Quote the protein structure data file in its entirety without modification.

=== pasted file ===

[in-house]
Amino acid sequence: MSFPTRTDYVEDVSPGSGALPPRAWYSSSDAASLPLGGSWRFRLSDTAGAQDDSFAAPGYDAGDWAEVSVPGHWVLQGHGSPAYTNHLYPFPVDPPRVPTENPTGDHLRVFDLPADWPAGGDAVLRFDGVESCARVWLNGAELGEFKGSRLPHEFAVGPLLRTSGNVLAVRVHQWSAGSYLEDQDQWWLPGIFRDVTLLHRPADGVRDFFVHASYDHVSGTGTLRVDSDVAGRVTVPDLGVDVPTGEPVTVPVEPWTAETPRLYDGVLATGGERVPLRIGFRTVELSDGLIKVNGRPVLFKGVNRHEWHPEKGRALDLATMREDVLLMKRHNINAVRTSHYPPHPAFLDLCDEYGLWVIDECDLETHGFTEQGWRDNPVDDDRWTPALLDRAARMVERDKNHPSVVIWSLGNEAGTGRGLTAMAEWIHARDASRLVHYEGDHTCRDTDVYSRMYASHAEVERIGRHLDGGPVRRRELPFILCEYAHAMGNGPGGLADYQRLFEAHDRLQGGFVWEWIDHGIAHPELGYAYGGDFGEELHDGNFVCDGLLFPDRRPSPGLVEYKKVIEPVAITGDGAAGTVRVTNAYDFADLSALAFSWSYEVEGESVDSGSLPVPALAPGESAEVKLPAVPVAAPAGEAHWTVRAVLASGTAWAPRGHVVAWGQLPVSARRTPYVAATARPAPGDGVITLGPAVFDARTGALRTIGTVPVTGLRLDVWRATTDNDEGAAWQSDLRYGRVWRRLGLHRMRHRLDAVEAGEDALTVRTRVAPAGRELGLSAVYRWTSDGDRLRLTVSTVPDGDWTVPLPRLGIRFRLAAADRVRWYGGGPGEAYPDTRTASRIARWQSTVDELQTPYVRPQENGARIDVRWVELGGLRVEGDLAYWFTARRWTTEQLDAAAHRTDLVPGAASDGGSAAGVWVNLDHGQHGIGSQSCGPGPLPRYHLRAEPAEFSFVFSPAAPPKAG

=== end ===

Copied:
[in-house]
Amino acid sequence: MSFPTRTDYVEDVSPGSGALPPRAWYSSSDAASLPLGGSWRFRLSDTAGAQDDSFAAPGYDAGDWAEVSVPGHWVLQGHGSPAYTNHLYPFPVDPPRVPTENPTGDHLRVFDLPADWPAGGDAVLRFDGVESCARVWLNGAELGEFKGSRLPHEFAVGPLLRTSGNVLAVRVHQWSAGSYLEDQDQWWLPGIFRDVTLLHRPADGVRDFFVHASYDHVSGTGTLRVDSDVAGRVTVPDLGVDVPTGEPVTVPVEPWTAETPRLYDGVLATGGERVPLRIGFRTVELSDGLIKVNGRPVLFKGVNRHEWHPEKGRALDLATMREDVLLMKRHNINAVRTSHYPPHPAFLDLCDEYGLWVIDECDLETHGFTEQGWRDNPVDDDRWTPALLDRAARMVERDKNHPSVVIWSLGNEAGTGRGLTAMAEWIHARDASRLVHYEGDHTCRDTDVYSRMYASHAEVERIGRHLDGGPVRRRELPFILCEYAHAMGNGPGGLADYQRLFEAHDRLQGGFVWEWIDHGIAHPELGYAYGGDFGEELHDGNFVCDGLLFPDRRPSPGLVEYKKVIEPVAITGDGAAGTVRVTNAYDFADLSALAFSWSYEVEGESVDSGSLPVPALAPGESAEVKLPAVPVAAPAGEAHWTVRAVLASGTAWAPRGHVVAWGQLPVSARRTPYVAATARPAPGDGVITLGPAVFDARTGALRTIGTVPVTGLRLDVWRATTDNDEGAAWQSDLRYGRVWRRLGLHRMRHRLDAVEAGEDALTVRTRVAPAGRELGLSAVYRWTSDGDRLRLTVSTVPDGDWTVPLPRLGIRFRLAAADRVRWYGGGPGEAYPDTRTASRIARWQSTVDELQTPYVRPQENGARIDVRWVELGGLRVEGDLAYWFTARRWTTEQLDAAAHRTDLVPGAASDGGSAAGVWVNLDHGQHGIGSQSCGPGPLPRYHLRAEPAEFSFVFSPAAPPKAG